Create ISO Images from the Command Line

Mar 16, 2012 - 2 Comments

ISO You can create ISO images from any source disk or data by using the command line in Mac OS X. This isn’t too different than burning them through Terminal, and you can use either the hdiutil tool or dd command.

While the command line is generally reserved for advanced users, using it to create ISO’s isn’t too complicated and will save you the hassle of having to download any third party apps. If you’re new to the Terminal, remember that dragging & dropping files into the Terminal window will print their full path, making it easy to point to source files and preventing any navigation through the command line.

Creating an ISO with hdiutil

The most reliable method is uses hdiutil, here is the syntax:

hdiutil makehybrid -iso -joliet -o image.iso /path/to/source

Here’s an example, creating an iso from a Windows 7 installer disc, with the end result showing up on the desktop:

hdiutil makehybrid -iso -joliet -o ~/Desktop/Windows7.iso /Volumes/Windows\ 7\ Install

The -joliet flag is necessary to make the iso fully compatible with Windows and other OS’s, though if your only requirement is to use the iso on a Mac you can leave it off.

Making an ISO with dd

Another approach is by switching around a previously discussed dd command, which makes it go from burning an image to creating an image. This may not be as reliable and it requires additional steps, so use dd only if you have a good reason not to use the primary hdiutil method.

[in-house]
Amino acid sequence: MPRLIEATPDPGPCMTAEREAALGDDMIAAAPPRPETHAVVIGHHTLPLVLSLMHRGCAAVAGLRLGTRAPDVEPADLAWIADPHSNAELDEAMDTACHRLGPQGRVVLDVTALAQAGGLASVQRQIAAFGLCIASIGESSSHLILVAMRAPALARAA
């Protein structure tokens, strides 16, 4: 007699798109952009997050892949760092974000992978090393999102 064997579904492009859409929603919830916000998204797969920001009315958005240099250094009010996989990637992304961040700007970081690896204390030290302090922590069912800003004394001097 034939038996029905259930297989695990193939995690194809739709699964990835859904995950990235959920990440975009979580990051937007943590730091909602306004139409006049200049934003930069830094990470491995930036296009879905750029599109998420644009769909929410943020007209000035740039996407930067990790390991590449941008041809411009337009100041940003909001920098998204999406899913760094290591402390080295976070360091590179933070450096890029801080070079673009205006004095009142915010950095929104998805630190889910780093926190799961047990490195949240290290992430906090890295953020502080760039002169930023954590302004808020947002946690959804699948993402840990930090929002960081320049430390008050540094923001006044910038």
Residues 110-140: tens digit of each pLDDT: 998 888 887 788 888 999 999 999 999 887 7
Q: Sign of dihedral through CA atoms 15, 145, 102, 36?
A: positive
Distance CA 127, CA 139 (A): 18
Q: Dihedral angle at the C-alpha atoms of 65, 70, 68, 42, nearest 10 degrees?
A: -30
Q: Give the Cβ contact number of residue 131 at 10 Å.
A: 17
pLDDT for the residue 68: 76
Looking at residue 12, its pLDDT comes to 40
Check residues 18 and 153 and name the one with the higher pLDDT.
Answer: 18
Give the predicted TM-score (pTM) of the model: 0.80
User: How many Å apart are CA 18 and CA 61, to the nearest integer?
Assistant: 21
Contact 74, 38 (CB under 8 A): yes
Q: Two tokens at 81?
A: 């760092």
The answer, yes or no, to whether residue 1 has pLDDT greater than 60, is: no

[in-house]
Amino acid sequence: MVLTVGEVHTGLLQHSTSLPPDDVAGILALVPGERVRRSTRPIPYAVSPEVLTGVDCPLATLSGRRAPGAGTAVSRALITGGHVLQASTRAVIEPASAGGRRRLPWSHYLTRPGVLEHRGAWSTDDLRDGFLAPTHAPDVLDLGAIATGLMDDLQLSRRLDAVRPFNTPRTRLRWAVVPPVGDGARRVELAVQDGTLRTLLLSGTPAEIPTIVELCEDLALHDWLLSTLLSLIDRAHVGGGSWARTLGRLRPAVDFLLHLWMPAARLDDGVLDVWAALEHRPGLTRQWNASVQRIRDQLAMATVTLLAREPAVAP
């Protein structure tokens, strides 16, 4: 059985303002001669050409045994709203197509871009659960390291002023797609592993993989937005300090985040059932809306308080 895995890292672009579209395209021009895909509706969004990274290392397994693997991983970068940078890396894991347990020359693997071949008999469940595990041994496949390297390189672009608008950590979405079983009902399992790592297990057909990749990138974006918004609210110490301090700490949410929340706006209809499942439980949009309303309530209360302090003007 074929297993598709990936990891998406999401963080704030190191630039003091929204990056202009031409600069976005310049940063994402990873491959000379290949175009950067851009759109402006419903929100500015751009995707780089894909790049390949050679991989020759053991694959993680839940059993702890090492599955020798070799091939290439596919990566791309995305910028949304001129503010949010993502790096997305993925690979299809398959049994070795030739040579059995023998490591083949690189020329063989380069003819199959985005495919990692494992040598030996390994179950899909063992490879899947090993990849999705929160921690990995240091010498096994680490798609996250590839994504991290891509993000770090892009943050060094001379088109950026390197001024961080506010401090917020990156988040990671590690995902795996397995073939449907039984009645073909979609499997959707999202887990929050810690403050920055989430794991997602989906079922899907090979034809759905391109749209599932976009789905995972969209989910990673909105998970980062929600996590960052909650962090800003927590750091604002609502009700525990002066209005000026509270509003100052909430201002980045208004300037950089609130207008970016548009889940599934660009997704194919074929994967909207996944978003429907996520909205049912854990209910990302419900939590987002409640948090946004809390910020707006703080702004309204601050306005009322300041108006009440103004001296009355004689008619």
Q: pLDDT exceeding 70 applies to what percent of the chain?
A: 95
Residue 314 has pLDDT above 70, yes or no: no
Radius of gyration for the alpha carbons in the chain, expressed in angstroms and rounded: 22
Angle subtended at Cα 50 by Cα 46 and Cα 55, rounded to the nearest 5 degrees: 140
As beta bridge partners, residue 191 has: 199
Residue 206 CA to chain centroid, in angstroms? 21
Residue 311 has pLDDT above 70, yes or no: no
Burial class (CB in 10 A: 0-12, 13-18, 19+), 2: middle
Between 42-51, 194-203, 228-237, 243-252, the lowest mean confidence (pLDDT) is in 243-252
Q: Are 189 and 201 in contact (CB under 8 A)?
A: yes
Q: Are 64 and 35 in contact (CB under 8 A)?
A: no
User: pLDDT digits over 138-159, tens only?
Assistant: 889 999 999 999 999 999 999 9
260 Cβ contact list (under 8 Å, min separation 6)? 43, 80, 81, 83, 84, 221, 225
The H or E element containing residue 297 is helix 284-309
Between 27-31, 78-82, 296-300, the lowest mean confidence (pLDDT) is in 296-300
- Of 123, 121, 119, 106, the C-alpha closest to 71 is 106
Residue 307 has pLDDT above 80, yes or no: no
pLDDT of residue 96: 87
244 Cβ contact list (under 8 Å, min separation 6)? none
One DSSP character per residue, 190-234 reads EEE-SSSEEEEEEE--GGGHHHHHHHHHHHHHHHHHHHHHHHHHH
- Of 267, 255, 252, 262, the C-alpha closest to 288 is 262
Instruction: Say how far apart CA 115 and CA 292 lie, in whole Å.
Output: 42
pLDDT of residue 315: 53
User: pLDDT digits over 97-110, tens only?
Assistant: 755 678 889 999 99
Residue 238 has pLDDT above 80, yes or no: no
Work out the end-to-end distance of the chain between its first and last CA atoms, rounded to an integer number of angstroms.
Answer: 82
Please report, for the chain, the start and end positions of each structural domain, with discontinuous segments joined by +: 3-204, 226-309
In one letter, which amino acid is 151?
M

Use the ‘diskutil list’ command to discover the disks identifier that you will need to make an ISO with dd from.

dd if=/dev/dvd of=/destination/path/dvd.iso

dd is often faster than hdiutil, but it’s definitely for more advanced users.

Converting Other Disk Image Formats to ISO

You can also convert other disk images like cdr, dmg, and nero images to ISO, read more about that here if interested.

For some quick terminology, making an image from a disc like this is often called ‘ripping’, whereas turning a disk image into a disc is often called ‘burning’, they are essentially the opposite of one another.

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Posted by: William Pearson in Command Line, Mac OS X, Tips & Tricks

2 Comments

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  1. Theo Vosse says:

    Pretty handy.

  2. Ben Mordecai says:

    For some reason I got an insufficient permissions, so I just added sudo and it worked great.

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